Maya Angelou became the first Black woman to appear on a US coin on January 10, 2022. The Maya Angelou quarter was entered into circulation by the US Mint.
Angelou was the first coin of the American Women Quarters Program. Five Trailblazing Women will be recognized each year between 2022 and 2025. The honorees will represent the women’s suffrage movement, civil rights, abolition, government, humanities, science, and the arts. The other 2022 coins will feature Dr. Sally Ride, Wilma Mankiller, Nina-Otero-Warren and Ana May Wong.
Maya Angelou's career in the arts lasted over 50 years, but was further noted internationally when she delivered her poem "On the Pulse of Morning" during the inauguration of President Bill Clinton in 1993.
During her career, Angelou was involved in many movies, television shows and plays. She published numerous books of poetry, three books of essays and seven autobiographies. Angelou's autobiography "I Know Why the Caged Bird Sings" has received international acclaim since it's publishing in 1969. Even with her long life, it is difficult to comprehend the list of her accomplishments and awards that she achieved over her lifetime. Angelou was the recipient of over 50 honorary doctorate degrees, three Grammy awards, a Pulitzer Prize nomination, two NAACP Image Awards, a Tony Award nomination, an Emmy Award nomination, and numerous other awards and honors. She served the last years of her career beginning in 1982 as a lifetime Reynolds Professorship of American Studies at Wake Forest University in Winston Salem, North Carolina. Angelou was a member of Mount Zion Baptist Church in Winston Salem for over 30 years. She had one son, Guy Johnson. Angelou was born Marguerite Annie Johnson on April 4, 1928 in St. Louis, Missouri and died on May 28, 2014 in Winston Salem, North Carolina at age 86.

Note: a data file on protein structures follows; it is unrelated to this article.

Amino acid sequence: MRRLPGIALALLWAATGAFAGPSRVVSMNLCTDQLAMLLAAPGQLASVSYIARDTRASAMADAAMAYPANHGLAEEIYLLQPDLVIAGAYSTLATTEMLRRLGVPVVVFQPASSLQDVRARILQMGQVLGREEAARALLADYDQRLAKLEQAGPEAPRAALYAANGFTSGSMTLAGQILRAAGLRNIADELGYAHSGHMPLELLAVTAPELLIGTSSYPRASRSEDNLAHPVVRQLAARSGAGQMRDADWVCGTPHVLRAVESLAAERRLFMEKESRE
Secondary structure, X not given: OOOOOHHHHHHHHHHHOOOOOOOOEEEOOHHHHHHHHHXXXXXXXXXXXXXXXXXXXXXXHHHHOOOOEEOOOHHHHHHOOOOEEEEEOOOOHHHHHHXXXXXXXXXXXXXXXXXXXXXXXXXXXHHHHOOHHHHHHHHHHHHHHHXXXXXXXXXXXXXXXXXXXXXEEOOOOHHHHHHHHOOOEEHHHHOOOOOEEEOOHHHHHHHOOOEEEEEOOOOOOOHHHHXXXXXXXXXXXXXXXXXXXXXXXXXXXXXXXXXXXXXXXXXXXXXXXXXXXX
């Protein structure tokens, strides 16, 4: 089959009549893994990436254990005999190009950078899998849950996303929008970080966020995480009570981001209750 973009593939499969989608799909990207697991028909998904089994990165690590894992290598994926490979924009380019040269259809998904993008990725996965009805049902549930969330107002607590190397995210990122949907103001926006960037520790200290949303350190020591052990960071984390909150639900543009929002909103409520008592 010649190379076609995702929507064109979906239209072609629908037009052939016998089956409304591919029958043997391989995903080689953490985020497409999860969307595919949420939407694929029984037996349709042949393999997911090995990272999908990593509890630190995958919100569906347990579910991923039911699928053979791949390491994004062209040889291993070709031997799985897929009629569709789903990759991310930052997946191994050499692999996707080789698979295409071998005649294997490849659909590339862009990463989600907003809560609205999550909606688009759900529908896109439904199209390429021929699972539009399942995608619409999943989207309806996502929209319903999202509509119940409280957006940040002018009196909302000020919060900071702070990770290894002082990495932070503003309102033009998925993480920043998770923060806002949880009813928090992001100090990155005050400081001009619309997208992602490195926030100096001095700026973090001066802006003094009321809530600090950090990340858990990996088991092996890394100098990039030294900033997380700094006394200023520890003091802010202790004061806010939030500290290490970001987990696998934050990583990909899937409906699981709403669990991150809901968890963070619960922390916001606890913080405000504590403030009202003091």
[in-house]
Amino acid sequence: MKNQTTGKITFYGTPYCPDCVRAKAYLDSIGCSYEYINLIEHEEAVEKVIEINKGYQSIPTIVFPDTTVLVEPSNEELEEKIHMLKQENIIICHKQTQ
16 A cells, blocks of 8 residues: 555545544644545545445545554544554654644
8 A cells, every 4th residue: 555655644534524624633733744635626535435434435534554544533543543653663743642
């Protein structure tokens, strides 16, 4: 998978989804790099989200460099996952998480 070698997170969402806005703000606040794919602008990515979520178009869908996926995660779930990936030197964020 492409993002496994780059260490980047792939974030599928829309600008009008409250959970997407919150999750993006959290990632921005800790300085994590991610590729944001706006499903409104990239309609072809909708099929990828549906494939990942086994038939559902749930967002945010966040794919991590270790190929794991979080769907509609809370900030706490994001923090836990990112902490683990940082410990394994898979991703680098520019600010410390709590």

“I've learned that people will forget what you said, people will forget what you did, but people will never forget how you made them feel.”